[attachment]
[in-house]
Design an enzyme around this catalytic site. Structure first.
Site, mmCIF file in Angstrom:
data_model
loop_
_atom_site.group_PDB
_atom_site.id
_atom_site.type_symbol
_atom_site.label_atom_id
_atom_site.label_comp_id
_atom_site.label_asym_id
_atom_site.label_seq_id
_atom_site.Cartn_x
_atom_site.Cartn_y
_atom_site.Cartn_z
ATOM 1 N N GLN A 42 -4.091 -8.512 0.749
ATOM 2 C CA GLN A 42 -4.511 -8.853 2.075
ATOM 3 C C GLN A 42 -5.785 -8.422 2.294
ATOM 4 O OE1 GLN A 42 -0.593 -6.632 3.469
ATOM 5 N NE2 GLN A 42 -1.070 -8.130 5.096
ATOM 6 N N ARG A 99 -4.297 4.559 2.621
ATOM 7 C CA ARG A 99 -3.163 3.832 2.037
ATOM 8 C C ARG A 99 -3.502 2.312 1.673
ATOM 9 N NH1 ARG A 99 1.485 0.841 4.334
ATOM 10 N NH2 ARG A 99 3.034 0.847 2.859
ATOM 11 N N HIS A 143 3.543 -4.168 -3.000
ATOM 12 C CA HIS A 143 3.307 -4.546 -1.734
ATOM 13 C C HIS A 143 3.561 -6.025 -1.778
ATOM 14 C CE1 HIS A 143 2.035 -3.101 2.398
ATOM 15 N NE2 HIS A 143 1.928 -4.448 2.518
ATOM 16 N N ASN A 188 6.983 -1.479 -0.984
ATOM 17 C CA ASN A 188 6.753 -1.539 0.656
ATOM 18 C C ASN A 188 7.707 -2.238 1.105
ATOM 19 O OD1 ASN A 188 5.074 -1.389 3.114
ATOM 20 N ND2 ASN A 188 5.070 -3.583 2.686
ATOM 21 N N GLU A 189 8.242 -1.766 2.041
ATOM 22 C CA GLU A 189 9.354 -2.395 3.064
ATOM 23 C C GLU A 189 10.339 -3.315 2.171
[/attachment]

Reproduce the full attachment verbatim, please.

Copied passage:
[in-house]
Design an enzyme around this catalytic site. Structure first.
Site, mmCIF file in Angstrom:
data_model
loop_
_atom_site.group_PDB
_atom_site.id
_atom_site.type_symbol
_atom_site.label_atom_id
_atom_site.label_comp_id
_atom_site.label_asym_id
_atom_site.label_seq_id
_atom_site.Cartn_x
_atom_site.Cartn_y
_atom_site.Cartn_z
ATOM 1 N N GLN A 42 -4.091 -8.512 0.749
ATOM 2 C CA GLN A 42 -4.511 -8.853 2.075
ATOM 3 C C GLN A 42 -5.785 -8.422 2.294
ATOM 4 O OE1 GLN A 42 -0.593 -6.632 3.469
ATOM 5 N NE2 GLN A 42 -1.070 -8.130 5.096
ATOM 6 N N ARG A 99 -4.297 4.559 2.621
ATOM 7 C CA ARG A 99 -3.163 3.832 2.037
ATOM 8 C C ARG A 99 -3.502 2.312 1.673
ATOM 9 N NH1 ARG A 99 1.485 0.841 4.334
ATOM 10 N NH2 ARG A 99 3.034 0.847 2.859
ATOM 11 N N HIS A 143 3.543 -4.168 -3.000
ATOM 12 C CA HIS A 143 3.307 -4.546 -1.734
ATOM 13 C C HIS A 143 3.561 -6.025 -1.778
ATOM 14 C CE1 HIS A 143 2.035 -3.101 2.398
ATOM 15 N NE2 HIS A 143 1.928 -4.448 2.518
ATOM 16 N N ASN A 188 6.983 -1.479 -0.984
ATOM 17 C CA ASN A 188 6.753 -1.539 0.656
ATOM 18 C C ASN A 188 7.707 -2.238 1.105
ATOM 19 O OD1 ASN A 188 5.074 -1.389 3.114
ATOM 20 N ND2 ASN A 188 5.070 -3.583 2.686
ATOM 21 N N GLU A 189 8.242 -1.766 2.041
ATOM 22 C CA GLU A 189 9.354 -2.395 3.064
ATOM 23 C C GLU A 189 10.339 -3.315 2.171